So get out there and be one those people. It’s easy to rant on Twitter or in a newspaper article about how society is failing girls in sport, or insisting that the government or the media do this and that. It’s easy to blare on about institutionalised sexism or the patriarchy. It’s easy to loudly demand that RTE or Sky Sports show more women’s sport.

It’s easy because talk is easy – and it’s cheap. Doing is the hard part. So what are you doing about all of this?

Clubs need volunteers. They need your time and work. Therefore, I would humbly suggest that people pee or get off the pot: if you want to get girls into sport, power down the laptop and give up two hours a week to your local club.

The 20×20 slogan runs, “She can’t be it if she can’t see it.” True. But I’d also like to add another familiar catchphrase of our times: “Be the change you want to see.”

 


ARCHIVE PIECE: Space tourism

PUBLISHED IN THE HERALD FEBRUARY 2018

 

David Bowie famously asked, “Is there life on Mars?” We may soon be finding out…if you have the money, that is.

Billionaire space-pioneer Elon Musk used the Bowie classic to mark this week’s launch of Falcon Heavy, last seen heading in the general direction of Mars. The biggest rocket to take-off in 45 years, it’s a major stage in SpaceX’s plans for travel to the moon, the Red Planet and – who knows? – maybe even further. A number of other companies, and state agencies, are working on projects to get us into orbit, some with Irish involvement.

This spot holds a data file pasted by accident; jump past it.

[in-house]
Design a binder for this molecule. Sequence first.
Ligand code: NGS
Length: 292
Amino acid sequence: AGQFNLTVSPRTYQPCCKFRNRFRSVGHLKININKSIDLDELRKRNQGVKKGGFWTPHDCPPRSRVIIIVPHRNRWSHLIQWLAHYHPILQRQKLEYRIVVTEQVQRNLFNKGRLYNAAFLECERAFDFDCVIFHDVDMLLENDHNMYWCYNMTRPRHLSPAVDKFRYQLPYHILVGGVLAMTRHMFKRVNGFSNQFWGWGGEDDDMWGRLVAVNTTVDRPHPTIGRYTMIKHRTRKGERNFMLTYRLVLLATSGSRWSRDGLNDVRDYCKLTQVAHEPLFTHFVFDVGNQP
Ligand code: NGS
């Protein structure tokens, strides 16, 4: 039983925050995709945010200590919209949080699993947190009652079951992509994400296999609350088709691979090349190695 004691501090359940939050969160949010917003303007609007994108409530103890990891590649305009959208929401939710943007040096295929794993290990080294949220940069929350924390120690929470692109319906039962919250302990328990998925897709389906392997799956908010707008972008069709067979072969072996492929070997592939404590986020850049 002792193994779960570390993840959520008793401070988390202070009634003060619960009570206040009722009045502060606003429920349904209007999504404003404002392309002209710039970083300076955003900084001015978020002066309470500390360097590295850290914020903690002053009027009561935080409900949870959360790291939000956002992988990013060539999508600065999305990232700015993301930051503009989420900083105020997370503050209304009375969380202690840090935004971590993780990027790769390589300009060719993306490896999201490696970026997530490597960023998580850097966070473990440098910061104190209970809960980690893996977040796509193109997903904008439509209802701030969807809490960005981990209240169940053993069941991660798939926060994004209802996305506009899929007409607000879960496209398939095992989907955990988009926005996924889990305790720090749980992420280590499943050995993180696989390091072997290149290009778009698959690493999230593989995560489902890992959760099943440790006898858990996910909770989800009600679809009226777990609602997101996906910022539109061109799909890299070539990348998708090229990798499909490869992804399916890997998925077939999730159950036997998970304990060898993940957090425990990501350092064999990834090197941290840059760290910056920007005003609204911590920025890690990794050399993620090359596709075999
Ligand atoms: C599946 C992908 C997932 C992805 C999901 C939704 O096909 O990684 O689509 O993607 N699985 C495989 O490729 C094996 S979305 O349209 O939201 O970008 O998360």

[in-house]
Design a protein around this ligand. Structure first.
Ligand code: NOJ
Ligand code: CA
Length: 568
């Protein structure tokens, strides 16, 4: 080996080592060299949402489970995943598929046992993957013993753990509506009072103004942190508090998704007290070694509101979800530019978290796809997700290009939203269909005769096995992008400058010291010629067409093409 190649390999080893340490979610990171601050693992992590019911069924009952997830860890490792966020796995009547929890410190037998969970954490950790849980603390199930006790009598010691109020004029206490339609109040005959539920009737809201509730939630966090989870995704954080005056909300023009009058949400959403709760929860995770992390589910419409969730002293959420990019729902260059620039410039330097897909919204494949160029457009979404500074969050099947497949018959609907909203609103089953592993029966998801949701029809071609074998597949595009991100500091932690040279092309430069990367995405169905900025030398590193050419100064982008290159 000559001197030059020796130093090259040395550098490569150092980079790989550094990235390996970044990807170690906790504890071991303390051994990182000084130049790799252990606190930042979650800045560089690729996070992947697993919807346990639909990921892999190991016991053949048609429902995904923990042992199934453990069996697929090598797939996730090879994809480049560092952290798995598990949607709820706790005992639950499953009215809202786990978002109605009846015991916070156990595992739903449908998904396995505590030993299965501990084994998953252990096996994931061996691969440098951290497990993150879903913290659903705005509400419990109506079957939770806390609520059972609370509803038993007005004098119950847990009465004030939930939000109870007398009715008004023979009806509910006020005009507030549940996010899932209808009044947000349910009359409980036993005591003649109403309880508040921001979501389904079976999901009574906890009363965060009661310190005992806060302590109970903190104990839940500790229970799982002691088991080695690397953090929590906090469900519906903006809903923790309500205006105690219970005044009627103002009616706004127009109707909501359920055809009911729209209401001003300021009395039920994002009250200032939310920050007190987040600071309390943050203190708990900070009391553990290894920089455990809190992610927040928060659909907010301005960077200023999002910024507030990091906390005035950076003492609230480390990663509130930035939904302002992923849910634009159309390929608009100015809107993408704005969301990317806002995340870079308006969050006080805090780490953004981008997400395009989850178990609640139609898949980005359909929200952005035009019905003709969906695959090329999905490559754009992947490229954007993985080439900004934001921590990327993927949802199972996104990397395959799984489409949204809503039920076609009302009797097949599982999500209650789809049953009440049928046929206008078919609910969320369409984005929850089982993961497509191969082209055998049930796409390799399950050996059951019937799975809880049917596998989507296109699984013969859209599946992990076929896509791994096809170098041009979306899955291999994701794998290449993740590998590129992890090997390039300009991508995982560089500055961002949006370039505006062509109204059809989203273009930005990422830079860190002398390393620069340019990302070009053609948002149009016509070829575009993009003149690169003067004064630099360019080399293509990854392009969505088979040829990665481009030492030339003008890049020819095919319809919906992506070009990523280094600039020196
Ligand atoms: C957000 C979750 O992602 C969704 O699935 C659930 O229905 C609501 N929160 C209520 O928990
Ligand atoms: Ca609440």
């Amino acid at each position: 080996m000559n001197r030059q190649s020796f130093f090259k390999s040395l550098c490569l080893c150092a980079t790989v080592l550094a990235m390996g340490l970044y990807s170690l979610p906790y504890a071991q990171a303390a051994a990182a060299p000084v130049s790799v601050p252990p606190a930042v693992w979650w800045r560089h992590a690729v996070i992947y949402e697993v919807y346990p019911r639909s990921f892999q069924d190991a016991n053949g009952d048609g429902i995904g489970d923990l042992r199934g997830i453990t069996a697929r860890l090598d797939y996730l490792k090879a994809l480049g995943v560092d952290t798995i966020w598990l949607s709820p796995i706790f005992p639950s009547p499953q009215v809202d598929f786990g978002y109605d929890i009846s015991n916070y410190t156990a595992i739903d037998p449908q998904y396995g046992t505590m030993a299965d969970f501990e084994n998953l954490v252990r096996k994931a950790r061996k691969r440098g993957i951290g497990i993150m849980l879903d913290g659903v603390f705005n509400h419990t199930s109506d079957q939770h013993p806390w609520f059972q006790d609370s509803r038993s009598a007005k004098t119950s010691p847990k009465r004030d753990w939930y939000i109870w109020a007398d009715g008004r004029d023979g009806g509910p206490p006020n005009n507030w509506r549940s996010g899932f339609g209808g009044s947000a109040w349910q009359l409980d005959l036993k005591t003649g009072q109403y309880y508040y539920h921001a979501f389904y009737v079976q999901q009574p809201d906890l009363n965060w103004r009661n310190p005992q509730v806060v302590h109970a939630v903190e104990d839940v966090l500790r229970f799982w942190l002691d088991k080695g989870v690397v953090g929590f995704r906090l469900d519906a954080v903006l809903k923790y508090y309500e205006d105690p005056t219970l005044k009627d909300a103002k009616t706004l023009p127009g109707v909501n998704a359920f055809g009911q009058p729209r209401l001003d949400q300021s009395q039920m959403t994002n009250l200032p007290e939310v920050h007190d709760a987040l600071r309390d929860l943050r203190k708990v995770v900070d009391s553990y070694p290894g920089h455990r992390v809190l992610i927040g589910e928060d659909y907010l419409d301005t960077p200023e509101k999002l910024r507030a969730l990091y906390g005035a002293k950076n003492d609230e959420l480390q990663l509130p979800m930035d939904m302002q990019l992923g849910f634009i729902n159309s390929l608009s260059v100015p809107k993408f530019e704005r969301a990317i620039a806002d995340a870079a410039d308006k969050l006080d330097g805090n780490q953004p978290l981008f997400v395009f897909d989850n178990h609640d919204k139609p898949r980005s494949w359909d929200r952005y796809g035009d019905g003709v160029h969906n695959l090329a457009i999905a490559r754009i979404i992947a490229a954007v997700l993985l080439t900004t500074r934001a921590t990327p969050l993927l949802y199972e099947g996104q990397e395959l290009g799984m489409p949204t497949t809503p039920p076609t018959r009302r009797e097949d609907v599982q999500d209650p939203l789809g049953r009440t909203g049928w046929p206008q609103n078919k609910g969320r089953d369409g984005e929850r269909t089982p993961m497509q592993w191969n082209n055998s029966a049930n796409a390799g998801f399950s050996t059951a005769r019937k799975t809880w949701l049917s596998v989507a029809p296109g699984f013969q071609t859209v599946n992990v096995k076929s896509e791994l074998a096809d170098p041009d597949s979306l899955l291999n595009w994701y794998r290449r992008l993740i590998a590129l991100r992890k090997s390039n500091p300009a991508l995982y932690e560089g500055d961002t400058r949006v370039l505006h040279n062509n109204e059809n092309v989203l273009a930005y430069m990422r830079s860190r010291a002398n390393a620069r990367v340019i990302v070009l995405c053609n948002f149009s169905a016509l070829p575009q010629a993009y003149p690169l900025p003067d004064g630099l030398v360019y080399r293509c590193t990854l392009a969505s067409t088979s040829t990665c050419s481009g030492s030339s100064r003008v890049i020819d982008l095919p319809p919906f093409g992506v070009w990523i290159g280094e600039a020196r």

Almost half a century after mankind last visited the moon, are we entering a second Golden Age of space exploration? And why, exactly, do we persist in this Icarus-like fight against the binds of gravity? Why do we find space travel so exciting?

Because you’d have to admit that nothing ever results from it, really (kudos on those Teflon frying pans, though). On an objective i.e. boring level, there probably isn’t much point to going into space.

We’re never actually going to colonise the cosmos; the place is just too damn big. And as Arthur C Clarke pointed out, even if we did, the folks at home would never know about it, simply because information travels too slowly. They call them “light years” for a reason.